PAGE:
The Descent does make good on following up Dog Soldiers nicely. Neil Marshall is obviously a very smart, talented writer and director, though I think I may have been slightly underwhelmed after hearing so much about how The Descent was the best horror movie of the year.
For my particular taste, it's still not in that realm. Call me a traditional sadist, but I'm more prone to the clean, mean-spirited Hostel or Saw III. Though, still, The Descent is obviously an excellent, well-made film and is deserving of accolades.
The movie is fairly grueling, as a damaged woman and her pack of five friends descend into the caves beneath what is said to be the Appalachians, though, hailing from that region, I know it's fucking Scotland. (Hello, where are my deciduous forests at?) Also, as they're trapped in the cave system, the woman descends into madness. So, double-meaning there.
It's fairly gruesome and you watch the women dangle in the jaws of doom for most of the movie and it provides a nice visceral chunk of gore to keep you entertained in the midst, preying on our darkest fears of being stuck in a hole we can't escape from, dying slowly... Or our bodies being ripped apart and devoured. Whichever seems the more unnerving.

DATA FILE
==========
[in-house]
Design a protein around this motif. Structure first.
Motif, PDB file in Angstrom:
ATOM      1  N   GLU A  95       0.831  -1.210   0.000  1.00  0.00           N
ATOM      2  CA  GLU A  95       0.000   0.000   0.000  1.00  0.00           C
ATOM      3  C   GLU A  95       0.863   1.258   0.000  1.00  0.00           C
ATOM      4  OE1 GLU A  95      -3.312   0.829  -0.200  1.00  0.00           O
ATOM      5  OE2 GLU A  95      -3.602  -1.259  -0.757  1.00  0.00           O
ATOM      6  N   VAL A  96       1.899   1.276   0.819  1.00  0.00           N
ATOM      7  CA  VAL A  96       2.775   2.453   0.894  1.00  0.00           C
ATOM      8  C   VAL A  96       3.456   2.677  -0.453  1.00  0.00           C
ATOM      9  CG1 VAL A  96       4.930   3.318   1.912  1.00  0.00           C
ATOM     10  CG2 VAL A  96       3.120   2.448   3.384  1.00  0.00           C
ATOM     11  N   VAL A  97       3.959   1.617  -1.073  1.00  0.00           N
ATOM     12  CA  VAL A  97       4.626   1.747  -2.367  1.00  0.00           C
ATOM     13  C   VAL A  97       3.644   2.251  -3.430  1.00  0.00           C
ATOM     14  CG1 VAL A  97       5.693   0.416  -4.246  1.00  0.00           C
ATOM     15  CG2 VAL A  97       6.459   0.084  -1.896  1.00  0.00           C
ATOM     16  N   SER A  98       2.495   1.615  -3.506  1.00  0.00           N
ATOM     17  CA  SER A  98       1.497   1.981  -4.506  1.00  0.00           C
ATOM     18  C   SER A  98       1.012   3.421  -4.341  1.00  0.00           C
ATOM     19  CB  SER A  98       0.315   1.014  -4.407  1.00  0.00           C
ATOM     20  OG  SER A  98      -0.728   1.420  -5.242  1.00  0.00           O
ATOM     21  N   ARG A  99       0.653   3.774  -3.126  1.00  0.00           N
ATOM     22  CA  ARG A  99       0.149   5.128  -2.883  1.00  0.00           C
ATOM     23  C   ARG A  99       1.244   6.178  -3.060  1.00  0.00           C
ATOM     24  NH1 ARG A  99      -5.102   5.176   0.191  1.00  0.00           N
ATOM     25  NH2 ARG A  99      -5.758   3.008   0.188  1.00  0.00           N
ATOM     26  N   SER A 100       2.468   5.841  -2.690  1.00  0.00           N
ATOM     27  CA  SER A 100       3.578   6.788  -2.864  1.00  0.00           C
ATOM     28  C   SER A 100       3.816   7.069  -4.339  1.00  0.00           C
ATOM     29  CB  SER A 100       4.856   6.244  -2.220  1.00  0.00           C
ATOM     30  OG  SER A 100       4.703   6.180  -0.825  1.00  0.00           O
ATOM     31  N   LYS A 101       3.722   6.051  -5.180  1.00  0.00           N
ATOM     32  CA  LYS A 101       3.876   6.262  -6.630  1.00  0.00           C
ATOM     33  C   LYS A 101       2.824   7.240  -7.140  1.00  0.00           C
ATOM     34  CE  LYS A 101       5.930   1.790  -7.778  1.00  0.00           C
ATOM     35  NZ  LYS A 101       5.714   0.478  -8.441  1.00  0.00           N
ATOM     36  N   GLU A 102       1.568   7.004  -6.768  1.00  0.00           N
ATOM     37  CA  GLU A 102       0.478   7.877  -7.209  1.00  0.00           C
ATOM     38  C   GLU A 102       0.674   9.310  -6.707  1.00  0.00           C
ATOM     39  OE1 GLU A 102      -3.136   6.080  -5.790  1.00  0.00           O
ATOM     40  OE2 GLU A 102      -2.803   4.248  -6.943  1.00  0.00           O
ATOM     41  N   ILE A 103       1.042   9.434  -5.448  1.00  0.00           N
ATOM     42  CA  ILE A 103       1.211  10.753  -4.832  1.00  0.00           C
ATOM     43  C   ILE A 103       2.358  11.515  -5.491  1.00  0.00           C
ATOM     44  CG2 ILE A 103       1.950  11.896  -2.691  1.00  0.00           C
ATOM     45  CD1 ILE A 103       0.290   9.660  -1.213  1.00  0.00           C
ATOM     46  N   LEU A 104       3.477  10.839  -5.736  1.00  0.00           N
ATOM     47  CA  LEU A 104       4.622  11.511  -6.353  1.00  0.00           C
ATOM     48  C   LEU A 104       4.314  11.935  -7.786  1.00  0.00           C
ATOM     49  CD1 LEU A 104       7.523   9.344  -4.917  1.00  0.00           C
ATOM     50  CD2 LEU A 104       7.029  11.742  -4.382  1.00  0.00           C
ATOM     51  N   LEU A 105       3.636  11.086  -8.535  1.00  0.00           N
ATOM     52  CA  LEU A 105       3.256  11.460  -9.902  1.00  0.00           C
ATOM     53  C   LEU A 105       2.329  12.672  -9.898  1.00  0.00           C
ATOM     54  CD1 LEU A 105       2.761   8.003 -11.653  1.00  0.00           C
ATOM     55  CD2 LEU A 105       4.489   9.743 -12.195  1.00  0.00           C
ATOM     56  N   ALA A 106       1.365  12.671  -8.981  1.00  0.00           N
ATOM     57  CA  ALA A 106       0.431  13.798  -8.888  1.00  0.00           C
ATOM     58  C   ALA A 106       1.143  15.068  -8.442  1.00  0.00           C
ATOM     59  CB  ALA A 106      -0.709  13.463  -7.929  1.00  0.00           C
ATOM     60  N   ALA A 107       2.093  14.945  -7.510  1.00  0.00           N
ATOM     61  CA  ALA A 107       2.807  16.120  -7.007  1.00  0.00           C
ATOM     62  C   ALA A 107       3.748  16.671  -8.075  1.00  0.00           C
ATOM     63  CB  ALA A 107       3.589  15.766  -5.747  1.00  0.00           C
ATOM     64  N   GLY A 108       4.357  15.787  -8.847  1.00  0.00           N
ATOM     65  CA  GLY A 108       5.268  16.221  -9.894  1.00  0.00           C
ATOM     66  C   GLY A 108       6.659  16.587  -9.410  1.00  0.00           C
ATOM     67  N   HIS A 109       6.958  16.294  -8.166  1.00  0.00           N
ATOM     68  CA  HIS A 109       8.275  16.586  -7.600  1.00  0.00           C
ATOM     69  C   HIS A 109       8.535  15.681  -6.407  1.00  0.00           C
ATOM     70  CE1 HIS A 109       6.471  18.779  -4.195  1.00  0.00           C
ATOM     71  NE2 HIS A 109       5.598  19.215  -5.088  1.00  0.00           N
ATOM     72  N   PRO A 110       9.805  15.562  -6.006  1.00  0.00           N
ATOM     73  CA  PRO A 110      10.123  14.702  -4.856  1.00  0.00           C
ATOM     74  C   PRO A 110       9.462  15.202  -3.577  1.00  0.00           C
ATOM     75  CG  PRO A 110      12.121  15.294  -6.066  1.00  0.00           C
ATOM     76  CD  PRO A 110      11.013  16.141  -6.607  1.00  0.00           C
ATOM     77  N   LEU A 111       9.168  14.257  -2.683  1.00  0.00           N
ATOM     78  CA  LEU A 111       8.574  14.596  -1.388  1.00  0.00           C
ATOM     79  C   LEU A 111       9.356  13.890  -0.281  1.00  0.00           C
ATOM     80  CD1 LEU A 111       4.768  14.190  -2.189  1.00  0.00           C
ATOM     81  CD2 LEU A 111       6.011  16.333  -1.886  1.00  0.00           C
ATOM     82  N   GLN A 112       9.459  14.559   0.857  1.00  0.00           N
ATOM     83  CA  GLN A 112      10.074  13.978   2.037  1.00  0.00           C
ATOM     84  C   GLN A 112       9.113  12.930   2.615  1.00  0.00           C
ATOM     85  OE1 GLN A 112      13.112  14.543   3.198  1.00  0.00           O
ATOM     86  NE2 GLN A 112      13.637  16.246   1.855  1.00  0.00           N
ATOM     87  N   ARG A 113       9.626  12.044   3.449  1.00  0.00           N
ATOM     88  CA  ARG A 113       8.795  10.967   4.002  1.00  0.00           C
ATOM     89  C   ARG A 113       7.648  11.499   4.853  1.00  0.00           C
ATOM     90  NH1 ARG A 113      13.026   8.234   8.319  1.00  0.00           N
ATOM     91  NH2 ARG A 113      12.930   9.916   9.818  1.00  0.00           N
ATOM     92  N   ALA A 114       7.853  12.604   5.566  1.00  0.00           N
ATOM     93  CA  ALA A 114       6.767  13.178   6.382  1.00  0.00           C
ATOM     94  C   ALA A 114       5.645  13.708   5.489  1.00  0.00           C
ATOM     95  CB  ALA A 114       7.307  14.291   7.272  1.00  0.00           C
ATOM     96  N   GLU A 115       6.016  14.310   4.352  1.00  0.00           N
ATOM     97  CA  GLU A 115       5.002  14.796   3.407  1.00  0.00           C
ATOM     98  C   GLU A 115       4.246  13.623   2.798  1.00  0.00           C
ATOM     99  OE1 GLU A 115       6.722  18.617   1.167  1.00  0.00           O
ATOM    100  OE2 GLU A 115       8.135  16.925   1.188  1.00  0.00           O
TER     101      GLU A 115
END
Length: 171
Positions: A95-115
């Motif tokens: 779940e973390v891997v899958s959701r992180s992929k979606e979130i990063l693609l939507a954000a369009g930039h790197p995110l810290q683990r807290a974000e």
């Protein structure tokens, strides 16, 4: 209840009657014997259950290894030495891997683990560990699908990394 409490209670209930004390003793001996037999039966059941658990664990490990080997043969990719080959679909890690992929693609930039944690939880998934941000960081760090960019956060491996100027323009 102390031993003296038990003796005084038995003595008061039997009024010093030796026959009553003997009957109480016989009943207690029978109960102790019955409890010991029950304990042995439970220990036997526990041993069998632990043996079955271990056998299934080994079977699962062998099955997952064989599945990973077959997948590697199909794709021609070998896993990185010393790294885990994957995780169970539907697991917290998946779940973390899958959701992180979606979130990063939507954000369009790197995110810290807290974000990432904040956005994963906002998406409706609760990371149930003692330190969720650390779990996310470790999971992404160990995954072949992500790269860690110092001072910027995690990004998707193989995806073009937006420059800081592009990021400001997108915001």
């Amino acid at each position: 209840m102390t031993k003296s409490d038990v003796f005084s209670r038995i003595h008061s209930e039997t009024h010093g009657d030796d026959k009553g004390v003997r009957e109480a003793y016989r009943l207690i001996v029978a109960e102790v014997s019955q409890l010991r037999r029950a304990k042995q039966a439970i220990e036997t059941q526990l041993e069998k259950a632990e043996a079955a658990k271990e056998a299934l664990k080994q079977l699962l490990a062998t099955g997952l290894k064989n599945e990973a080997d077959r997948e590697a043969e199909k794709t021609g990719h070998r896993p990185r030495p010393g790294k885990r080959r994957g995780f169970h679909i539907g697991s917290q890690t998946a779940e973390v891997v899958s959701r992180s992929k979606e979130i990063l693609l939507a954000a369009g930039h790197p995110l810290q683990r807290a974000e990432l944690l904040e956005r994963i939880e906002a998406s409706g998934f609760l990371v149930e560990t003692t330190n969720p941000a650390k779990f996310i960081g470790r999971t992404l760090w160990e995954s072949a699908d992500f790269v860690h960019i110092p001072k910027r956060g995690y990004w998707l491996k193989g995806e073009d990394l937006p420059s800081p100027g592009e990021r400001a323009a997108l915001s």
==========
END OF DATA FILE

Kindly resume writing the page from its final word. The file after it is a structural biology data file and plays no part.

I'd have to say I prefer the full-on international ending, though it was interesting to hear Marshall's discussion on the fact in the DVD extras. The movie is an intriguing character study and has quite a nice bit of psychology mixed up in it, though I did find the "Juno's accident" subplot (if you get my meaning in trying not to give anything away) to be somewhat annoying, possibly because the actress portraying her, Natalie Mendoza, was so strong in the role and I liked her so much, especially in the way it played out. But the film was supposed to be bleak, display one woman's descent into madness, and I think it did that well. The violence and the women's reaction to it (and subsequent growing out of it) was excellent and showed real skill on the part of Marshall and his actors.
It wasn't exactly perfect, but it was an intriguing movie and I look forward to dissecting it fully. And it's yet another high note in modern horror movies.